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Physiotherapy-led rehab unit celebrates success in cutting hospital readmission rates

13 April 2017 - 8:00am

An innovative NHS-led physiotherapy service designed to reduce readmission to hospital has celebrated a successful first 12 months of work.

Physiotherapy-led rehab unit celebrates success in cutting hospital readmisison rates

The rehab team based at the Grand came together to celebrate a successful inaugural 12 months

The short-stay rehab unit based at a Nottingham care home has managed to cut 90-day hospital readmission rates to just five per cent.

The unit at The Grand Care Centre takes patients who have been medically stabilised in hospital for a period of rehabilitation before going home. It works closely with community and social services to enable people to get home safely with the appropriate support, helping to free up hospital beds.

Some 382 patients have been through the pathway throughout the year with an average length of stay of just under 17 days.  Of those 78 per cent went home (14 per cent went back to acute, five per cent went to a medical rehab unit, three per cent went to long-term placement).

Of those who went home, after 90 days, only five per cent were readmitted to hospital (76 per cent stayed at home, five per cent went into long-term placement, four per cent died, and ten per cent were designated ‘unable to contact’).

Senior physiotherapist Helen Caldwell, who works for Nottinghamshire Healthcare NHS Foundation Trust, said: ‘This unit is an excellent example of not only the NHS working in conjunction with a private company, but how acute hospital beds can be freed up from patients who are medically fit. Due to our provision of therapy led re-ablement, in a relatively short period of time we are able to get patients home safely with the correct support.’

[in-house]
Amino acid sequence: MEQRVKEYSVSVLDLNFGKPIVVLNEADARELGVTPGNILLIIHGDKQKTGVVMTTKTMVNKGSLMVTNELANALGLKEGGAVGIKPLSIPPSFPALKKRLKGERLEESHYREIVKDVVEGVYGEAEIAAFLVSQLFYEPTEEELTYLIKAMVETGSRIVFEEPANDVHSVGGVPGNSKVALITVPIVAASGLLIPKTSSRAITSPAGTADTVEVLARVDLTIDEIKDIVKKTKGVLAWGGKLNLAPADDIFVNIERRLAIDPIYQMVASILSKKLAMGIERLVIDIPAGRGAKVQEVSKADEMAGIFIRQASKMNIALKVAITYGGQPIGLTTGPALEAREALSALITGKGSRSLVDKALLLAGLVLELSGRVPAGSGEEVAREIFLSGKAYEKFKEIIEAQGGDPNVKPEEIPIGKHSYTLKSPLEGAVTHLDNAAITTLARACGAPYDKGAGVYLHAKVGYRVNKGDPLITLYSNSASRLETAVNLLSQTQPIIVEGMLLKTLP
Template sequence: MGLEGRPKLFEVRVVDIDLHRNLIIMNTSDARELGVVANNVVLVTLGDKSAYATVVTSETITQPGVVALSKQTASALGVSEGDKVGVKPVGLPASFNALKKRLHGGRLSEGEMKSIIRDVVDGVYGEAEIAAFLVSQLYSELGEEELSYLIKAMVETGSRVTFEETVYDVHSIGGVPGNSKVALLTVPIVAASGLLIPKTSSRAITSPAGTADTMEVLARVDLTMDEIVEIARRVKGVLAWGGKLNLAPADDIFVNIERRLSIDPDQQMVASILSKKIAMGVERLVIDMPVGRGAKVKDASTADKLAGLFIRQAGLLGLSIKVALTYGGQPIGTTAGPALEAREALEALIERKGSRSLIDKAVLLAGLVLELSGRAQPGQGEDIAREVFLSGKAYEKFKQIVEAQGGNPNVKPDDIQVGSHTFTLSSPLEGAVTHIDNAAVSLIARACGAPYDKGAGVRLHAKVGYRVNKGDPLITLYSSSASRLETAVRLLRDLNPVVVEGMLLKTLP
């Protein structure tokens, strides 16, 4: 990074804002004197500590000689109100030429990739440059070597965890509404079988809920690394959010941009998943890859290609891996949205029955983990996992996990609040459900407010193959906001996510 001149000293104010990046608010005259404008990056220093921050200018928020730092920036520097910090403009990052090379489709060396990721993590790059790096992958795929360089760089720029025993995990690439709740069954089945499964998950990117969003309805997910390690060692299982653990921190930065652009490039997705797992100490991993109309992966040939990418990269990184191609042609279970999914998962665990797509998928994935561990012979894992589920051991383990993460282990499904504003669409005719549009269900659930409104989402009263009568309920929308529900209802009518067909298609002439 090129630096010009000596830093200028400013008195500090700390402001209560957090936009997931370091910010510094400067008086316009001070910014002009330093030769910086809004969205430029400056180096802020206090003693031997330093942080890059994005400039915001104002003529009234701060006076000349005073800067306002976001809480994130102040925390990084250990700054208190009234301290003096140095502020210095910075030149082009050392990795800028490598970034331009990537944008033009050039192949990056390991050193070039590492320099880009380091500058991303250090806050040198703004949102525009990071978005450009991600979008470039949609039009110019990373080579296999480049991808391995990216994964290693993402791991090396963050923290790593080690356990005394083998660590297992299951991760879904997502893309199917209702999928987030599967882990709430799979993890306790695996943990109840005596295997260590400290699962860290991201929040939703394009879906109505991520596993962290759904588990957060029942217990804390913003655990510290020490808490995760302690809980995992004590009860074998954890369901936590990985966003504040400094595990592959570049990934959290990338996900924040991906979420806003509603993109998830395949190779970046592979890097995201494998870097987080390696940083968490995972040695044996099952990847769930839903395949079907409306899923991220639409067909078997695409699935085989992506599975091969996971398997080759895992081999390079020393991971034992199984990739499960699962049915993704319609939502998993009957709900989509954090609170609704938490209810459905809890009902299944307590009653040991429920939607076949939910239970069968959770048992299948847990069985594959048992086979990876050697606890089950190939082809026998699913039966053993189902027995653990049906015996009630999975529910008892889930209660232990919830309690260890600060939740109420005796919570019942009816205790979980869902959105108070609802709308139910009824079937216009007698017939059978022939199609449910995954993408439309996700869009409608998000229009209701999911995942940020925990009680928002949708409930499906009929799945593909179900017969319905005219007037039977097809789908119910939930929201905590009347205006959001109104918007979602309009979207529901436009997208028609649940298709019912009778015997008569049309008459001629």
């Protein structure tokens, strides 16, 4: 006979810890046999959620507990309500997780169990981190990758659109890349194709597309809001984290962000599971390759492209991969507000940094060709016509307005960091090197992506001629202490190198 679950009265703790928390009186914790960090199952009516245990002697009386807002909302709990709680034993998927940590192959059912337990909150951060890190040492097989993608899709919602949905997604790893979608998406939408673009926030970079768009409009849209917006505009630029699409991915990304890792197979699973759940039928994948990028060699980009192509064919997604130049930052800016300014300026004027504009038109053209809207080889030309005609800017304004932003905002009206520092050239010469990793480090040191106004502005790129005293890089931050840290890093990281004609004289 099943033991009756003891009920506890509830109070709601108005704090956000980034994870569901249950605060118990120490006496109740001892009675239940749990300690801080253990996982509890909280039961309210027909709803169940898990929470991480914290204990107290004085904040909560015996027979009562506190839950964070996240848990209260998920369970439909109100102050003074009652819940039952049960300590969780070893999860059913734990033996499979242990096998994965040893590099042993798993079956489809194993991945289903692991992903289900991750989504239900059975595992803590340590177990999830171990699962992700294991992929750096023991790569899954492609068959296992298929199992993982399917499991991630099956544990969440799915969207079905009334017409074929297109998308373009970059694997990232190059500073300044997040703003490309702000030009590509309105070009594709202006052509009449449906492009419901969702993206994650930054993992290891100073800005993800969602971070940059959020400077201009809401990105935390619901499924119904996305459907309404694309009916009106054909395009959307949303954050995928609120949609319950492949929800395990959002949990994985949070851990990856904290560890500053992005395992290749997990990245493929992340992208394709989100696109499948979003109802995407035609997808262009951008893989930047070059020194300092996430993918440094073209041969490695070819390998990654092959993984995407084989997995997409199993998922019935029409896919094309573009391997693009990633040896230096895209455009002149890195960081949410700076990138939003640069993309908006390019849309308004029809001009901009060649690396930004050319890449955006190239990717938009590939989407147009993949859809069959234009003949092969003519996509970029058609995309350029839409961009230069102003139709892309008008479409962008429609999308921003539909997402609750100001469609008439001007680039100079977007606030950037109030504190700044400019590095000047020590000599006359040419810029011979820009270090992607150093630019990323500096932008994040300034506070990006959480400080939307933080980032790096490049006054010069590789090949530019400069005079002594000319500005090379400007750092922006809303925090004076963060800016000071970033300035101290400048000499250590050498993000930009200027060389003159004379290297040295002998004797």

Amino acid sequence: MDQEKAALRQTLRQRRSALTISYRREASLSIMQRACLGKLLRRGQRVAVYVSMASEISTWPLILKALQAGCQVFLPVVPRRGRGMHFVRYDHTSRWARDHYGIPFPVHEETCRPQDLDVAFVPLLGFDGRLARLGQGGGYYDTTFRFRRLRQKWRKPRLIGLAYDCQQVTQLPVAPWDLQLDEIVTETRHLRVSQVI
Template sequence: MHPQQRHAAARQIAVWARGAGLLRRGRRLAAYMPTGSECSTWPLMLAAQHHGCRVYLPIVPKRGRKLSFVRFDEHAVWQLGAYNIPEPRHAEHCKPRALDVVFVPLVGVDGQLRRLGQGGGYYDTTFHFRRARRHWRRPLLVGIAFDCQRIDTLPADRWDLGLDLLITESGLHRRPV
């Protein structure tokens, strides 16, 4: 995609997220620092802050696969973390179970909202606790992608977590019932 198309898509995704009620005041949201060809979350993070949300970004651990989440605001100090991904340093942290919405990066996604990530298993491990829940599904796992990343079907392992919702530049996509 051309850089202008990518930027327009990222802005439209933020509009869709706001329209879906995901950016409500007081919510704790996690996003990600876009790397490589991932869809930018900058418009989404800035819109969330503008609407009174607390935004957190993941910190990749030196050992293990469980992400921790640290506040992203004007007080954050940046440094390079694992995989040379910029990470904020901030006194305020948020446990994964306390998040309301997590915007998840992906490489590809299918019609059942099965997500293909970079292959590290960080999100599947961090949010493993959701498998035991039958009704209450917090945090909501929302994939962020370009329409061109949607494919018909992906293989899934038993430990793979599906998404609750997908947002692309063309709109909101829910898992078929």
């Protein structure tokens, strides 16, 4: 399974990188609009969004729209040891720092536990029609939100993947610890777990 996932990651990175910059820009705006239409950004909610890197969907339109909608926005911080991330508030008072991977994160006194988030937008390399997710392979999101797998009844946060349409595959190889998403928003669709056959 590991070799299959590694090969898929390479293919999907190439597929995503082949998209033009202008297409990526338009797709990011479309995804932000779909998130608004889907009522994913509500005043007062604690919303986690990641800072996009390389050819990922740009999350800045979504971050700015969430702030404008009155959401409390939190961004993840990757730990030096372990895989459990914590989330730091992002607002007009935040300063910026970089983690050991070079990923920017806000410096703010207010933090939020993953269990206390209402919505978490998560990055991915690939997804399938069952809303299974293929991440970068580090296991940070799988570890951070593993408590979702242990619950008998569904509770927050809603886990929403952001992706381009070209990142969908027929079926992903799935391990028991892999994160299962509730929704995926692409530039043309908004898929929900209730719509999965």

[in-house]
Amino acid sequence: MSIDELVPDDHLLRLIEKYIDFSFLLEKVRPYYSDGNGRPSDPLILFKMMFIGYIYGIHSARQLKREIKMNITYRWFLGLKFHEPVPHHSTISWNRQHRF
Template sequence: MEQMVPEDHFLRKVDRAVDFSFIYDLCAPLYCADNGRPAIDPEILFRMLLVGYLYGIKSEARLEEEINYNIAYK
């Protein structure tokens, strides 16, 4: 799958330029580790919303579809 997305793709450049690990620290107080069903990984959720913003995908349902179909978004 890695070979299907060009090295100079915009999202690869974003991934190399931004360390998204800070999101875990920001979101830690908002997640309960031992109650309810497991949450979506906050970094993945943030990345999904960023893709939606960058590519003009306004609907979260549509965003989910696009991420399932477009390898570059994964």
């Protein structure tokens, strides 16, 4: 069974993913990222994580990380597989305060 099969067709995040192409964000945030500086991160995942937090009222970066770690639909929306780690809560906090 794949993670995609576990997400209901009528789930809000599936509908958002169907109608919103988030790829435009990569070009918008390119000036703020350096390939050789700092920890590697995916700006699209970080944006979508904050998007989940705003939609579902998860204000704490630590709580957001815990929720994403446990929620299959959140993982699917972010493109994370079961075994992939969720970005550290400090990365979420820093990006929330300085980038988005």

The team comprises an advanced nurse practitioner, two part-time physios, three part-time occupational therapists, four assistant practitioners, community support workers, social workers and an Age UK representative.

Advanced nurse practitioner, Jill Armstrong, said it was ‘a privilege to work in a pioneering unit’ that bridges the gap between secondary and primary care.

‘I am proud to work alongside such dedicated therapists and ultimately provide a positive patient experience in a professional timely manner. I have always loved being a nurse, but this is the happiest I have been in my work.’

And community support worker Lucy Smith said the partnership resulted in some ‘excellent examples of staff going the extra mile for patients and their families. It is touching to see such commitment from dedicated staff who really care about the people they work with,’ she said.

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